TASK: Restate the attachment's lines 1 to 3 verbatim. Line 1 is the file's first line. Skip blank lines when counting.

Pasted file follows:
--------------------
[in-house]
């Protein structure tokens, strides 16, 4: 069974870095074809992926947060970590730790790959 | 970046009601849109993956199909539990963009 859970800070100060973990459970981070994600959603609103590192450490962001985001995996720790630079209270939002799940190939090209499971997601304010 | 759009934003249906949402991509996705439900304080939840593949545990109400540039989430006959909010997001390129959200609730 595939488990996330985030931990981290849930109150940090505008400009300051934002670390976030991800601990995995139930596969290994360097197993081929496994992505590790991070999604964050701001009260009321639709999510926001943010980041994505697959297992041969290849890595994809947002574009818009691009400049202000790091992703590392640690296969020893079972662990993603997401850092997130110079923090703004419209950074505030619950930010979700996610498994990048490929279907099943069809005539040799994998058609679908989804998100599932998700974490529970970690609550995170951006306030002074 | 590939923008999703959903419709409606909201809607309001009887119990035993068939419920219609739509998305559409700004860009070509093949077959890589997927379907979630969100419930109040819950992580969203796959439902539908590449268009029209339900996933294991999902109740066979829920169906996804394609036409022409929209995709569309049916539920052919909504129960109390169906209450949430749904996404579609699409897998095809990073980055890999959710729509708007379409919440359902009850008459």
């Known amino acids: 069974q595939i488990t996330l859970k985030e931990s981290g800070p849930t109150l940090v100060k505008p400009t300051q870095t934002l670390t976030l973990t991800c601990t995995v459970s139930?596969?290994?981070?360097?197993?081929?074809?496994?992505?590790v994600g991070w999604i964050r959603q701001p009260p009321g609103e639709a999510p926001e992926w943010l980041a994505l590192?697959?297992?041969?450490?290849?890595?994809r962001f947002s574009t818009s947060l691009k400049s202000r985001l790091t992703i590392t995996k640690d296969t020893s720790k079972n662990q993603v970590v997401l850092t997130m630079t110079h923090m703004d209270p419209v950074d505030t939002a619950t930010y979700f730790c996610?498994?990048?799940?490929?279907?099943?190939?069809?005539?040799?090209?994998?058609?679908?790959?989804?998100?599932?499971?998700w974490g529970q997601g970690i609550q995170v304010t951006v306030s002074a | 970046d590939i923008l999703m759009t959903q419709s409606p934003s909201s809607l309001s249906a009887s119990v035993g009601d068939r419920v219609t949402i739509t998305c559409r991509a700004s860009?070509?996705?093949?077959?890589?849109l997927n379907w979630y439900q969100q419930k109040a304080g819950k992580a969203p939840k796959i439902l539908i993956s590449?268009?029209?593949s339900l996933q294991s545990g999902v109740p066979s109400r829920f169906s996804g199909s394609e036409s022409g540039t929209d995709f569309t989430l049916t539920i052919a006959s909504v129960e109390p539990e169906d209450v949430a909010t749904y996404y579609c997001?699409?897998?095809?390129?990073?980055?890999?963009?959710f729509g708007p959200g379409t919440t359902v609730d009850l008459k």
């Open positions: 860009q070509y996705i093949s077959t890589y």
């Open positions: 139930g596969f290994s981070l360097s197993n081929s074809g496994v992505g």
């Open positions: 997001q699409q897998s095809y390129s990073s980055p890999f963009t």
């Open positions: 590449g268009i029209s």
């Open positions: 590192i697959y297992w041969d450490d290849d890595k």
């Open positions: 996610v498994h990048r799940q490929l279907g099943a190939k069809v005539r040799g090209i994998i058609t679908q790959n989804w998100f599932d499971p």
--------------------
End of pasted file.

[in-house]
């Protein structure tokens, strides 16, 4: 069974870095074809992926947060970590730790790959 | 970046009601849109993956199909539990963009 859970800070100060973990459970981070994600959603609103590192450490962001985001995996720790630079209270939002799940190939090209499971997601304010 | 759009934003249906949402991509996705439900304080939840593949545990109400540039989430006959909010997001390129959200609730 595939488990996330985030931990981290849930109150940090505008400009300051934002670390976030991800601990995995139930596969290994360097197993081929496994992505590790991070999604964050701001009260009321639709999510926001943010980041994505697959297992041969290849890595994809947002574009818009691009400049202000790091992703590392640690296969020893079972662990993603997401850092997130110079923090703004419209950074505030619950930010979700996610498994990048490929279907099943069809005539040799994998058609679908989804998100599932998700974490529970970690609550995170951006306030002074 | 590939923008999703959903419709409606909201809607309001009887119990035993068939419920219609739509998305559409700004860009070509093949077959890589997927379907979630969100419930109040819950992580969203796959439902539908590449268009029209339900996933294991999902109740066979829920169906996804394609036409022409929209995709569309049916539920052919909504129960109390169906209450949430749904996404579609699409897998095809990073980055890999959710729509708007379409919440359902009850008459």
């Known amino acids: 069974q595939i488990t996330l859970k985030e931990s981290g800070p849930t109150l940090v100060k505008p400009t300051q870095t934002l670390t976030l973990t991800c601990t995995v459970s139930?596969?290994?981070?360097?197993?081929?074809?496994?992505?590790v994600g991070w999604i964050r959603q701001p009260p009321g609103e639709a999510p926001e992926w943010l980041a994505l590192?697959?297992?041969?450490?290849?890595?994809r962001f947002s574009t818009s947060l691009k400049s202000r985001l790091t992703i590392t995996k640690d296969t020893s720790k079972n662990q993603v970590v997401l850092t997130m630079t110079h923090m703004d209270p419209v950074d505030t939002a619950t930010y979700f730790c996610?498994?990048?799940?490929?279907?099943?190939?069809?005539?040799?090209?994998?058609?679908?790959?989804?998100?599932?499971?998700w974490g529970q997601g970690i609550q995170v304010t951006v306030s002074a | 970046d590939i923008l999703m759009t959903q419709s409606p934003s909201s809607l309001s249906a009887s119990v035993g009601d068939r419920v219609t949402i739509t998305c559409r991509a700004s860009?070509?996705?093949?077959?890589?849109l997927n379907w979630y439900q969100q419930k109040a304080g819950k992580a969203p939840k796959i439902l539908i993956s590449?268009?029209?593949s339900l996933q294991s545990g999902v109740p066979s109400r829920f169906s996804g199909s394609e036409s022409g540039t929209d995709f569309t989430l049916t539920i052919a006959s909504v129960e109390p539990e169906d209450v949430a909010t749904y996404y579609c997001?699409?897998?095809?390129?990073?980055?890999?963009?959710f729509g708007p959200g379409t919440t359902v609730d009850l008459k």